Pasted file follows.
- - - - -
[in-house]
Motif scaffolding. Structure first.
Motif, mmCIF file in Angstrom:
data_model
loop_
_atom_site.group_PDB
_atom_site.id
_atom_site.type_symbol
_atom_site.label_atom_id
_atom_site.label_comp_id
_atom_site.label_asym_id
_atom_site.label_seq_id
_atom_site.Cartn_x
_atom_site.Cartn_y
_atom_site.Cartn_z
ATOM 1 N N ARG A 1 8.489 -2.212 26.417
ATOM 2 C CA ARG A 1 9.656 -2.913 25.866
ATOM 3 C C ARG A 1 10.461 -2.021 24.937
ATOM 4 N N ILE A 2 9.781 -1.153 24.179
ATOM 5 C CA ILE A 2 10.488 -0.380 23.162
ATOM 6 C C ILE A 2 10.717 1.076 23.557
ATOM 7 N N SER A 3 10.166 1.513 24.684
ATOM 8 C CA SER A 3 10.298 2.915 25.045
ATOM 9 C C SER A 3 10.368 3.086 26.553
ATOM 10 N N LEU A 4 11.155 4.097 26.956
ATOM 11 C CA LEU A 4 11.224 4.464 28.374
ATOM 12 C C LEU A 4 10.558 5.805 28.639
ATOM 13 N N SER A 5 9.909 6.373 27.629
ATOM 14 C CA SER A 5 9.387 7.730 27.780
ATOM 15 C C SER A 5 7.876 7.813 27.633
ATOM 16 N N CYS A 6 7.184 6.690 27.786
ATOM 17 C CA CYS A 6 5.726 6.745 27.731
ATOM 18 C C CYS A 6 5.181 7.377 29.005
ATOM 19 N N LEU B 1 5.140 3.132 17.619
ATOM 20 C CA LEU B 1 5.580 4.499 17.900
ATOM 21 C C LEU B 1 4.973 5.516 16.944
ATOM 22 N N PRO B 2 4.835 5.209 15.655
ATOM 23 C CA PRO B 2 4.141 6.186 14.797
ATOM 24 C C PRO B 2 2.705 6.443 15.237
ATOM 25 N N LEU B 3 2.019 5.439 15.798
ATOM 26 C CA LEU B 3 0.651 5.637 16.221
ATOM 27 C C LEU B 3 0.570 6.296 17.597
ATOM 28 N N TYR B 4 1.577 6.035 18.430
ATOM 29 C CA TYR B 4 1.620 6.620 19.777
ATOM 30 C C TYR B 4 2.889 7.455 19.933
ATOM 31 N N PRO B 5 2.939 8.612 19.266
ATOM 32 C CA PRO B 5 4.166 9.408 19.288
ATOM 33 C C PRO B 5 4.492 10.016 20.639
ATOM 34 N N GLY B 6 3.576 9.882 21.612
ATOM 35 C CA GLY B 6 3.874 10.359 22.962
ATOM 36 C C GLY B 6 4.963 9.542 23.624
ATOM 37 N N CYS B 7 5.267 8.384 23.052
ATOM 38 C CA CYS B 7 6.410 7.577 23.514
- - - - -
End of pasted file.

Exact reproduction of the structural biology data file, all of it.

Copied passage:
[in-house]
Motif scaffolding. Structure first.
Motif, mmCIF file in Angstrom:
data_model
loop_
_atom_site.group_PDB
_atom_site.id
_atom_site.type_symbol
_atom_site.label_atom_id
_atom_site.label_comp_id
_atom_site.label_asym_id
_atom_site.label_seq_id
_atom_site.Cartn_x
_atom_site.Cartn_y
_atom_site.Cartn_z
ATOM 1 N N ARG A 1 8.489 -2.212 26.417
ATOM 2 C CA ARG A 1 9.656 -2.913 25.866
ATOM 3 C C ARG A 1 10.461 -2.021 24.937
ATOM 4 N N ILE A 2 9.781 -1.153 24.179
ATOM 5 C CA ILE A 2 10.488 -0.380 23.162
ATOM 6 C C ILE A 2 10.717 1.076 23.557
ATOM 7 N N SER A 3 10.166 1.513 24.684
ATOM 8 C CA SER A 3 10.298 2.915 25.045
ATOM 9 C C SER A 3 10.368 3.086 26.553
ATOM 10 N N LEU A 4 11.155 4.097 26.956
ATOM 11 C CA LEU A 4 11.224 4.464 28.374
ATOM 12 C C LEU A 4 10.558 5.805 28.639
ATOM 13 N N SER A 5 9.909 6.373 27.629
ATOM 14 C CA SER A 5 9.387 7.730 27.780
ATOM 15 C C SER A 5 7.876 7.813 27.633
ATOM 16 N N CYS A 6 7.184 6.690 27.786
ATOM 17 C CA CYS A 6 5.726 6.745 27.731
ATOM 18 C C CYS A 6 5.181 7.377 29.005
ATOM 19 N N LEU B 1 5.140 3.132 17.619
ATOM 20 C CA LEU B 1 5.580 4.499 17.900
ATOM 21 C C LEU B 1 4.973 5.516 16.944
ATOM 22 N N PRO B 2 4.835 5.209 15.655
ATOM 23 C CA PRO B 2 4.141 6.186 14.797
ATOM 24 C C PRO B 2 2.705 6.443 15.237
ATOM 25 N N LEU B 3 2.019 5.439 15.798
ATOM 26 C CA LEU B 3 0.651 5.637 16.221
ATOM 27 C C LEU B 3 0.570 6.296 17.597
ATOM 28 N N TYR B 4 1.577 6.035 18.430
ATOM 29 C CA TYR B 4 1.620 6.620 19.777
ATOM 30 C C TYR B 4 2.889 7.455 19.933
ATOM 31 N N PRO B 5 2.939 8.612 19.266
ATOM 32 C CA PRO B 5 4.166 9.408 19.288
ATOM 33 C C PRO B 5 4.492 10.016 20.639
ATOM 34 N N GLY B 6 3.576 9.882 21.612
ATOM 35 C CA GLY B 6 3.874 10.359 22.962
ATOM 36 C C GLY B 6 4.963 9.542 23.624
ATOM 37 N N CYS B 7 5.267 8.384 23.052
ATOM 38 C CA CYS B 7 6.410 7.577 23.514